Testing on humans, known as clinical development, is divided into three stages: trials with a few healthy people (phase I), trials with a few ill people (phase II) and trials with a large number of ill people (phase III). Clinical development is the most complex and expensive part of drug development, sometimes involving tens of thousands of patients in many hundreds of hospitals all over the world. German hospitals play a big role in this: in fact, Germany is the world‘s sec­­ond most active country after the USA when it comes to involvement in industry-initiated clinical studies.

If all studies and trials are successful, the company can apply to the European Medicines Agency (EMA) and other pharmaceutical regulatory bodies around the world for the drug to be licensed.

Once it has been licensed in the EU, the company has the right to launch its new drug on the market in Germany straight away, so that it is available to doctors and patients. However, this is only possible if the high-tech systems required for mass production were completed even while clinical trials were still ongoing, and if the company has established a sophisti­cated logistics network to bring the drug from their production facility to the patients around the world. Germany has been able to assert itself against other coun­­tries in internal company com­­petition as a production location for innovations many times over the last few years; including for genetic drugs and innovative synthetic anticoagulants. However, competition between locations is fierce, espe­­cially from toll manufacturers in emerging economies, who are also improving their technical equipment continuously. Following the market launch, the company and health insurance providers negotiate the amount the health insurance providers reimburse for the drug (based on the results of a benefit assessment for the drug, among other things). Throughout all the years the drug was being development, it has cost more and more. It is only once it has been launched on the market that the company can regain these costs, at least until the patent protection expires and copycat companies are able to bring out their own versions of the drug.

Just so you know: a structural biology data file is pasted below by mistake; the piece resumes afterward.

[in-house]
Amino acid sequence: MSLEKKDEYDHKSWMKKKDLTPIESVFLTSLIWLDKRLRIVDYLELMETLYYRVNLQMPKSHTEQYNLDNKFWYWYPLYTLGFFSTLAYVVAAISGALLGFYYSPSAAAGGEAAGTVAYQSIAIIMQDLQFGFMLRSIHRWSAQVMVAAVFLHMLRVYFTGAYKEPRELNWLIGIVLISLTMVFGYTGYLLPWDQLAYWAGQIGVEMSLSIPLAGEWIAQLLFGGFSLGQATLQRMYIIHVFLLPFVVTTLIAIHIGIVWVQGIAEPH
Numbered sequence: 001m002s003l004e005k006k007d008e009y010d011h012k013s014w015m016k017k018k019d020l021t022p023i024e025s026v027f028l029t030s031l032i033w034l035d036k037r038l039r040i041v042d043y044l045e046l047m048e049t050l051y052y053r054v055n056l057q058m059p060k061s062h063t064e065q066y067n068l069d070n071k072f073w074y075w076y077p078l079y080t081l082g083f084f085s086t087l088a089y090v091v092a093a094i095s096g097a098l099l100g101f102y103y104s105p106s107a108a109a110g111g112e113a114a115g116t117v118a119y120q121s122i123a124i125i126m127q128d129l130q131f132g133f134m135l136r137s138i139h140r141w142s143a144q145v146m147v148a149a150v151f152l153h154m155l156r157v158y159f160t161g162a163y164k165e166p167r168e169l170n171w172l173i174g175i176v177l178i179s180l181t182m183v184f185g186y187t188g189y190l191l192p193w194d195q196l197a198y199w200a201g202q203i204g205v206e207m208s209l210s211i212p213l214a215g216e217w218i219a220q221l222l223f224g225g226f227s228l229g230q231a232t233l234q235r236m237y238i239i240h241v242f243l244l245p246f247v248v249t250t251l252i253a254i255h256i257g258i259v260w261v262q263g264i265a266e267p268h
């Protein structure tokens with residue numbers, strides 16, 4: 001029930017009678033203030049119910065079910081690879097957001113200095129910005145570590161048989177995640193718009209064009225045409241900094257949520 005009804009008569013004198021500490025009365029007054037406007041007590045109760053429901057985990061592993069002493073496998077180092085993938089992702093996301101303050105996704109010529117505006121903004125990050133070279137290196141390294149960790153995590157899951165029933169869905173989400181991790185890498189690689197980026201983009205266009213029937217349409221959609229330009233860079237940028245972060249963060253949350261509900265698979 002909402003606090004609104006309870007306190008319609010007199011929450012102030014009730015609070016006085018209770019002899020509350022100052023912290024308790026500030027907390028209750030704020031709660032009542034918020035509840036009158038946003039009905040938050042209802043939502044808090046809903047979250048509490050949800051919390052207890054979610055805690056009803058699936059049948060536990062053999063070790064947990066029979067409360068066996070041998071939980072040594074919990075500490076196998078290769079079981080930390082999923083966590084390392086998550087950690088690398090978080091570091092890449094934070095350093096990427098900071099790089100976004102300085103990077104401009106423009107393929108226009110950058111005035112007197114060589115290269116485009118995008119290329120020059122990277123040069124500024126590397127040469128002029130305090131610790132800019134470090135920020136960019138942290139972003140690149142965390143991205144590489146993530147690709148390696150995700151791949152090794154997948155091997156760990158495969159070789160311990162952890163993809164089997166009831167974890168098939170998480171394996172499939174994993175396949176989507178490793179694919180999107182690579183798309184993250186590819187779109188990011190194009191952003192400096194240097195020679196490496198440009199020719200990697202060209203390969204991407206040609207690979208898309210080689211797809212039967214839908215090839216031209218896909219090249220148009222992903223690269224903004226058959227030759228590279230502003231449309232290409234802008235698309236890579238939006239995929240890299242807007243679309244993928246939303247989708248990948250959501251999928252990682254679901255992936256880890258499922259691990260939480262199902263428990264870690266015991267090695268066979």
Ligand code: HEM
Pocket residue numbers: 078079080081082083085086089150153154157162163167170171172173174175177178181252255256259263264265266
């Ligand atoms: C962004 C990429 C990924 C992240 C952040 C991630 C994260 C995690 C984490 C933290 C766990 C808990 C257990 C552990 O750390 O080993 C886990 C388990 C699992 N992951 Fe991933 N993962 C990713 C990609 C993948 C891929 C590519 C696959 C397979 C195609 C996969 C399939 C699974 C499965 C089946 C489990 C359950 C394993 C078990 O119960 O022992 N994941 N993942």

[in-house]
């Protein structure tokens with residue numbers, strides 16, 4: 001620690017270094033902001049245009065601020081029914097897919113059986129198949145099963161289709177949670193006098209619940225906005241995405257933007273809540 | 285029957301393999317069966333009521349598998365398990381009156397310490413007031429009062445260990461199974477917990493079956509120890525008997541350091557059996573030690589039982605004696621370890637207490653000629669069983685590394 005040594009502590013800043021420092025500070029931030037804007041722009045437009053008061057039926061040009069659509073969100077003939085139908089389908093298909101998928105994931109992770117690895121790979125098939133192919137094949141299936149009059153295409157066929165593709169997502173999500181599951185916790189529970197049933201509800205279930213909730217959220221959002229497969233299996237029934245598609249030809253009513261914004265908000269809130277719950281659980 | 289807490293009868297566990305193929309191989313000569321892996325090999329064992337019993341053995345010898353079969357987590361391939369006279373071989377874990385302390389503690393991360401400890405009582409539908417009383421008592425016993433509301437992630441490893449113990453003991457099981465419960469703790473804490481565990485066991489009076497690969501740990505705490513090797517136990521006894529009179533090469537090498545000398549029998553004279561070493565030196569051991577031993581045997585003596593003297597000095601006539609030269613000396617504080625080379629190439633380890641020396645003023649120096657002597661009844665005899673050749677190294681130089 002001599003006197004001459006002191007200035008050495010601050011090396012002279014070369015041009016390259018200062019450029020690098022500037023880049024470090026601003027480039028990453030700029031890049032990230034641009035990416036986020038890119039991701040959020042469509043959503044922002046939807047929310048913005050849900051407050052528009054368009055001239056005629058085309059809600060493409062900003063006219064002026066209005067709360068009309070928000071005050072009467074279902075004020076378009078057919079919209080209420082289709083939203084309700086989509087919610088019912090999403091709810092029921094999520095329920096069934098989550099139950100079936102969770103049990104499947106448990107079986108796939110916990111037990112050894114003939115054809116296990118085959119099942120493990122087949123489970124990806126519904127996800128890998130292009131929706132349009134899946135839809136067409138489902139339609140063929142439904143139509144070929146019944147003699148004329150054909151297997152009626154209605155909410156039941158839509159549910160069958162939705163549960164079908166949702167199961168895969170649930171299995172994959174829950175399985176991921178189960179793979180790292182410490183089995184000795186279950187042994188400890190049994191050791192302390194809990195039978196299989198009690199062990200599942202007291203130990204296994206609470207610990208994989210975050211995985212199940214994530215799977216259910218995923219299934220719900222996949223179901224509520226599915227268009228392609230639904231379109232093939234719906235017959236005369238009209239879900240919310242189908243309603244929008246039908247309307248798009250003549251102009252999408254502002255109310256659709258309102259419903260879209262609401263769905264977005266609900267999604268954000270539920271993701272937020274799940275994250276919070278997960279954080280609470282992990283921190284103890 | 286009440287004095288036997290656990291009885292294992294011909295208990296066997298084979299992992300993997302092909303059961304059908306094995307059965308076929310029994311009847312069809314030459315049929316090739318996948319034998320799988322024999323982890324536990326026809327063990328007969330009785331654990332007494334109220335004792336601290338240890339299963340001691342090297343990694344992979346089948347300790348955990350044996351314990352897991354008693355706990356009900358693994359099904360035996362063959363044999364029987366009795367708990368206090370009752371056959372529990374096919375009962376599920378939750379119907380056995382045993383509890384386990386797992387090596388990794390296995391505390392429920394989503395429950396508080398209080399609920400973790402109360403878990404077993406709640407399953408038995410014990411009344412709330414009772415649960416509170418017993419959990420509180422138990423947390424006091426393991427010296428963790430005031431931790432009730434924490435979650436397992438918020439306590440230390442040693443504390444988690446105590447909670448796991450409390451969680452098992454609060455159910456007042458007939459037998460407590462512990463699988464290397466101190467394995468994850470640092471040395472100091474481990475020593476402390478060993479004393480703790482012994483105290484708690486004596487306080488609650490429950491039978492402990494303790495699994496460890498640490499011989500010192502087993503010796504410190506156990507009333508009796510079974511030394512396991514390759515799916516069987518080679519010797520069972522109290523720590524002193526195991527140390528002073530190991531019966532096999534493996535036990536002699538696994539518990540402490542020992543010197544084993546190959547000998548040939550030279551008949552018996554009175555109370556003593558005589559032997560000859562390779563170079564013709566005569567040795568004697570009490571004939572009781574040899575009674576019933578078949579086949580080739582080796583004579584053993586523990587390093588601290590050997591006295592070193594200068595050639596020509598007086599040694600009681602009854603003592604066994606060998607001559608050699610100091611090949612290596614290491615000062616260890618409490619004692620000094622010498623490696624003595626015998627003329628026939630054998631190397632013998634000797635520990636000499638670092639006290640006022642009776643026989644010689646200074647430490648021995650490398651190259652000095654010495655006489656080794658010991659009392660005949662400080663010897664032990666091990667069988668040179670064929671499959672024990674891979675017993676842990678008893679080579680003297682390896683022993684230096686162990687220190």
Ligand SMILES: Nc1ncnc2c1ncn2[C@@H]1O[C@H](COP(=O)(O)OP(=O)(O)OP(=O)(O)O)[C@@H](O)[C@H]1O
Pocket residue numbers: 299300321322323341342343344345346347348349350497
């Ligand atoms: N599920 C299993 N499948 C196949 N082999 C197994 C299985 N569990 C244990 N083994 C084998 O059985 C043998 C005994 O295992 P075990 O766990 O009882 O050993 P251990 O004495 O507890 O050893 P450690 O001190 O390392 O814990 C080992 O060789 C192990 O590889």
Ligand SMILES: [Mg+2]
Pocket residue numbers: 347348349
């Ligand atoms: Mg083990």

The author has been Director General of the Association of Research-Based Phar­ma­ceutical Companies (vfa) since May 2011. She was Minister for Women, Youth, Family and Health for the state of North Rhine-Westphalia from 1998 to 2002, and the state’s Minister for Health, Social Affairs, Women and Family from 2002 to­ 2005. In addition, Birgit Fischer was CEO of Barmer GEK from 2010 to April 2011.